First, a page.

Negative associations with waste dumps are so powerful that they can become part of a place-based identity. Geographer Joe Weber describes the Western U.S. as three distinct entities — a privileged “booming” West of ski resorts and expensive real estate, a “protected” West of national parks and forests, and an economically struggling “bypassed” West of degraded land and economic failure.

With reference to Tooele County, J. Matthew Shumway and Richard A. Jackson describe a downward cycle of wasteland identity in the bypassed West: “Desperate to stem the tide of out-migration and to provide jobs and a tax base, places have been and are being “created” — that is, rules developed, participants selected, meanings attached — not only for hazardous or toxic wastes but also for other activities, such as prisons, large-scale corporate feedlots for cattle, mega hog, and dairy farms, and coal-fired power plants. More than merely acceptable to local populations, these activities are sought after and embraced. The economic difficulty and political weakness of these places enable negative place myths to be created, thus legitimizing the use of desperate and weak places as locations for the wastes from the rest of the country.”

Many of Utah’s fiercest political battles have been fought over proposals to import and store toxic and radioactive waste. In the 1970s, the U.S. Atomic Energy Commission (AEC) began a search for a long-term disposal site for spent nuclear fuel. One proposal was for Davis Canyon on the boundary of Canyonlands National Park. The 1986 site overview document makes for horrific reading about what might have happened in what is now Bears Ears National Monument (the 2016 Obama Administration boundaries, that is; not the 2017 Trump-era monument which was downsized specifically to promote uranium mining).

In the 1990s, another epic battle raged over a proposed radioactive waste dump in Skull Valley after a company called Private Fuel Storage, LLC signed an agreement with the Skull Valley Goshute Indian Tribe to build a private spent nuclear fuel repository on reservation land. The project was finally stopped in 2006 by Congressional designation of the Cedar Mountains Wilderness Area which blocked transportation routes to the site. A Blue Ribbon Commission on America’s Nuclear Future (2012) report notes incredulously that “Utah took this action despite its tradition of hostility toward past federal efforts to designate wilderness lands and national monuments within the state.” This comment alone says volumes about Utah’s toxic waste identity, which the authors presume should prioritize a waste dump over the protection of sacred places.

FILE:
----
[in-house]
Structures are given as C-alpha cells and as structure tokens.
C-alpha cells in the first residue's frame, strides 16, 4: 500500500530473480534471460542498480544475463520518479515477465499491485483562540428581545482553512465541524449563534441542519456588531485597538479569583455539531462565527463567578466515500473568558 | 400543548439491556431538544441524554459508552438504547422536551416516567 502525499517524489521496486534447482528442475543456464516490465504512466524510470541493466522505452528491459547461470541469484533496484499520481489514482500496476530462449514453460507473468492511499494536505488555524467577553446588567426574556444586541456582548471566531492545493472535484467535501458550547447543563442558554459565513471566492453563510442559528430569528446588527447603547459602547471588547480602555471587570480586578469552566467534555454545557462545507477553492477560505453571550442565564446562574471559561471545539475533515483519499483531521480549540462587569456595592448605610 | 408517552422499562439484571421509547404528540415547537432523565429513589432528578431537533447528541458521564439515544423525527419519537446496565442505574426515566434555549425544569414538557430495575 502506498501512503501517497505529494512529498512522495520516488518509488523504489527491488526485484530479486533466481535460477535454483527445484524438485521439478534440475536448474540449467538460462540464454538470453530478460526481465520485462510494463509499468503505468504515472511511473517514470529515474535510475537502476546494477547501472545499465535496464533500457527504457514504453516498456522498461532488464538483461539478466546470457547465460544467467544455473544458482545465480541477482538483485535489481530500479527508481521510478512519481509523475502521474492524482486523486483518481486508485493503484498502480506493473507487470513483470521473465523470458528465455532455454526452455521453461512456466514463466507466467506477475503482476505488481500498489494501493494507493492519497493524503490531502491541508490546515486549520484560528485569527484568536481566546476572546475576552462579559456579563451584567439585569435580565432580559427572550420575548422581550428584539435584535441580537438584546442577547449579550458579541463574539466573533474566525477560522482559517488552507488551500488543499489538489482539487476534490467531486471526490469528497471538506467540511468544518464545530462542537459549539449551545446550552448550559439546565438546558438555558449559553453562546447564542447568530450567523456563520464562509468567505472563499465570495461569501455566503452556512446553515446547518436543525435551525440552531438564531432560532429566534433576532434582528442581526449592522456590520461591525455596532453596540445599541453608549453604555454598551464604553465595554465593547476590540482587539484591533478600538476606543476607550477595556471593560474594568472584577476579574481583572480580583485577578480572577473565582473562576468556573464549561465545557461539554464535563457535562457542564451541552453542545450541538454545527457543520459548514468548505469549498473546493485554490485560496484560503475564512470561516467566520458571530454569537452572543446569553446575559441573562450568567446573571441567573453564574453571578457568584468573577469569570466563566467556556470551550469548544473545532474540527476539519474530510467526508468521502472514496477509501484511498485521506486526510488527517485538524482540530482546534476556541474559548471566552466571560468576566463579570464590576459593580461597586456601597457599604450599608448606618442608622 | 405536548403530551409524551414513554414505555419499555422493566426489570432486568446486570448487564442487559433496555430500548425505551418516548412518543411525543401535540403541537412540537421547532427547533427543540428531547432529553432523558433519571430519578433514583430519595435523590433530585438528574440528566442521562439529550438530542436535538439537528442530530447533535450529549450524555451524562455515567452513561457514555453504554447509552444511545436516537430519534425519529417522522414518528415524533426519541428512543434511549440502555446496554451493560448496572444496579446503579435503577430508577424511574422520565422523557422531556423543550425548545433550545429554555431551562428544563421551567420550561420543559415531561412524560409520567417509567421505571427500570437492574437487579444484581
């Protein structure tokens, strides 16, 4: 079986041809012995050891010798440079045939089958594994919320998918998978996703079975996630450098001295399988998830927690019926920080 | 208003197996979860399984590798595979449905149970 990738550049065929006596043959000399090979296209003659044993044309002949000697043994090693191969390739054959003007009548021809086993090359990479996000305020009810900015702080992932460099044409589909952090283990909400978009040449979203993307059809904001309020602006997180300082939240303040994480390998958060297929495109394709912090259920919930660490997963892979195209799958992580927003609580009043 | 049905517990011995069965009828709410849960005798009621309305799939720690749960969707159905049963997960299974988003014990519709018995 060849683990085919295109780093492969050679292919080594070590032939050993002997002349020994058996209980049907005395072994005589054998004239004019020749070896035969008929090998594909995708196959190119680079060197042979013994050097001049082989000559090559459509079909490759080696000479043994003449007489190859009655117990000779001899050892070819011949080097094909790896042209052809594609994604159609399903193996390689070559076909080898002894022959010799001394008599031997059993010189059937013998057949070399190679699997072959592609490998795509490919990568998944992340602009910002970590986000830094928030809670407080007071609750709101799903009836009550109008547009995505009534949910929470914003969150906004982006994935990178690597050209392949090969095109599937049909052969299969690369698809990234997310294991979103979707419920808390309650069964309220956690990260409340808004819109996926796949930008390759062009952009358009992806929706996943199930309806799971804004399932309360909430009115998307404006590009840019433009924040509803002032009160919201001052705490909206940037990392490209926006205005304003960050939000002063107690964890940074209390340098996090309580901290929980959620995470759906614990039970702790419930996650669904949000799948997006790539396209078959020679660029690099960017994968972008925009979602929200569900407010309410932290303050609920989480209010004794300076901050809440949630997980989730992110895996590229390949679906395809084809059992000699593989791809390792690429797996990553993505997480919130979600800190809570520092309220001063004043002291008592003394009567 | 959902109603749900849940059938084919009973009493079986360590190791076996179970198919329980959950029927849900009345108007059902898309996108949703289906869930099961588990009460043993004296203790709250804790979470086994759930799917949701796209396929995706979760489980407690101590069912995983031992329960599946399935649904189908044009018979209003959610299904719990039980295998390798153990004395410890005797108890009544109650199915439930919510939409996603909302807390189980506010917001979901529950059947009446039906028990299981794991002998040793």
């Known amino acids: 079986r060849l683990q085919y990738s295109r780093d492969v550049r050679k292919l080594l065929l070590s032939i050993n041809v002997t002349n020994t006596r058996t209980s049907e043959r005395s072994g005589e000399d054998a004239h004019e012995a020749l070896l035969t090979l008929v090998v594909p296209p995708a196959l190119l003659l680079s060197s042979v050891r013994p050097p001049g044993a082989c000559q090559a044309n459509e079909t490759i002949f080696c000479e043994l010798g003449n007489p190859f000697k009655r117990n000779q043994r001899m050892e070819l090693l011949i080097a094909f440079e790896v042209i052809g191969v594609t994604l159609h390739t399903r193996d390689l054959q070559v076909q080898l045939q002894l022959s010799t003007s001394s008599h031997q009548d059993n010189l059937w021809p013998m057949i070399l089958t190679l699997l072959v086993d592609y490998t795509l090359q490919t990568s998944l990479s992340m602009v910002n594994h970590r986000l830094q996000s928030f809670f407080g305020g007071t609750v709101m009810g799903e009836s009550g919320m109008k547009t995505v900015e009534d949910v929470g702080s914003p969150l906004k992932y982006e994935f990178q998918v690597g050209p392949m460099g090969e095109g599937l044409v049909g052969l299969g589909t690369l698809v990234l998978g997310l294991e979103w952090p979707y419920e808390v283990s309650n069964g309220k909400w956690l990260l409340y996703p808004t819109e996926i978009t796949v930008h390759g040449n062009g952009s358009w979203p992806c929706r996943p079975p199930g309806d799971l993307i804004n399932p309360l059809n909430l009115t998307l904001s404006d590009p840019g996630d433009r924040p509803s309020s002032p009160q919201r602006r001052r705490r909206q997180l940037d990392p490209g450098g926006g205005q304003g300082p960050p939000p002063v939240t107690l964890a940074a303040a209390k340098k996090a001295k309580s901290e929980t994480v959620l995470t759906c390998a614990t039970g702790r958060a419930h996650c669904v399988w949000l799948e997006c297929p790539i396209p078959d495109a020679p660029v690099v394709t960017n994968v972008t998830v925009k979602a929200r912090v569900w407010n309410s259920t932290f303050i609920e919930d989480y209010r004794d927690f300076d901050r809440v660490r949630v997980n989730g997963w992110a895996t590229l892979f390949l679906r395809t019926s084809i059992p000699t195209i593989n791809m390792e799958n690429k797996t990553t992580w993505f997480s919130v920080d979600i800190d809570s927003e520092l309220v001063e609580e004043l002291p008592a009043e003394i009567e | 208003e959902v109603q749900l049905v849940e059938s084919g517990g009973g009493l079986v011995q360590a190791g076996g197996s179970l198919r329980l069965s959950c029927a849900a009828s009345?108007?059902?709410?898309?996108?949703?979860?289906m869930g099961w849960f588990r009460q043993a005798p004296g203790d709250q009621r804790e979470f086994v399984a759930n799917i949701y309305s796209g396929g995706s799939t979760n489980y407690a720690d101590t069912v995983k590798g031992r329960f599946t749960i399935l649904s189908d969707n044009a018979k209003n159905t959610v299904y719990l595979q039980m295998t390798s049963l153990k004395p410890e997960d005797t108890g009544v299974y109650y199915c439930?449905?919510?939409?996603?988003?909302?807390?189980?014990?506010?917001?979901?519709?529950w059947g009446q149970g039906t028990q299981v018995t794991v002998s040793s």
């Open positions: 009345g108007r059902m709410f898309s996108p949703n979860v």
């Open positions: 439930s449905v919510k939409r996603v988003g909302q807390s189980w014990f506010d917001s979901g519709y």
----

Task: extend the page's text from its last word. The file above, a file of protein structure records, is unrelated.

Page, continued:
Most recently, Utah’s wasteland curse has resurfaced in a proposal to turn the White Mesa uranium mill site in San Juan County into a radioactive waste dump. Surely, it’s no coincidence that once again the proposed dump site affects American Indian lands.


Noboru Ishiyama. (2003) Environmental Justice and American Indian Tribal Sovereignty: Case Study of a Land-Use Conflict in Skull Valley, Utah. Antipode 35: 119–139.

Nuclear Waste Policy Act (Section 112). Environmental Assessment Overview. Davis Canyon Site, Utah. DOE/RW-0077. (May 1986)

William L. Rathje and Cullen Murphy. Rubbish! The Archaeology of Garbage. University of Arizona Press, 2001.

Matthew J. Shumway and Richard H. Jackson. “Place Making, Hazardous Waste, and the Development of Tooele County, Utah.” Geographical Review 98, no. 4 (2008): 433-455.

Report to the Secretary of Energy: Blue Ribbon Commission on American’s Nuclear Future. (January 2012).

Utah DEQ Waste Management & Radiation Control:

Utah Recycling Alliance:

Weber, Joe. “The Three American Wests.” The Professional Geographer 71, no. 2 (2019): 239-252.

This article was originally published on January 19, 2021.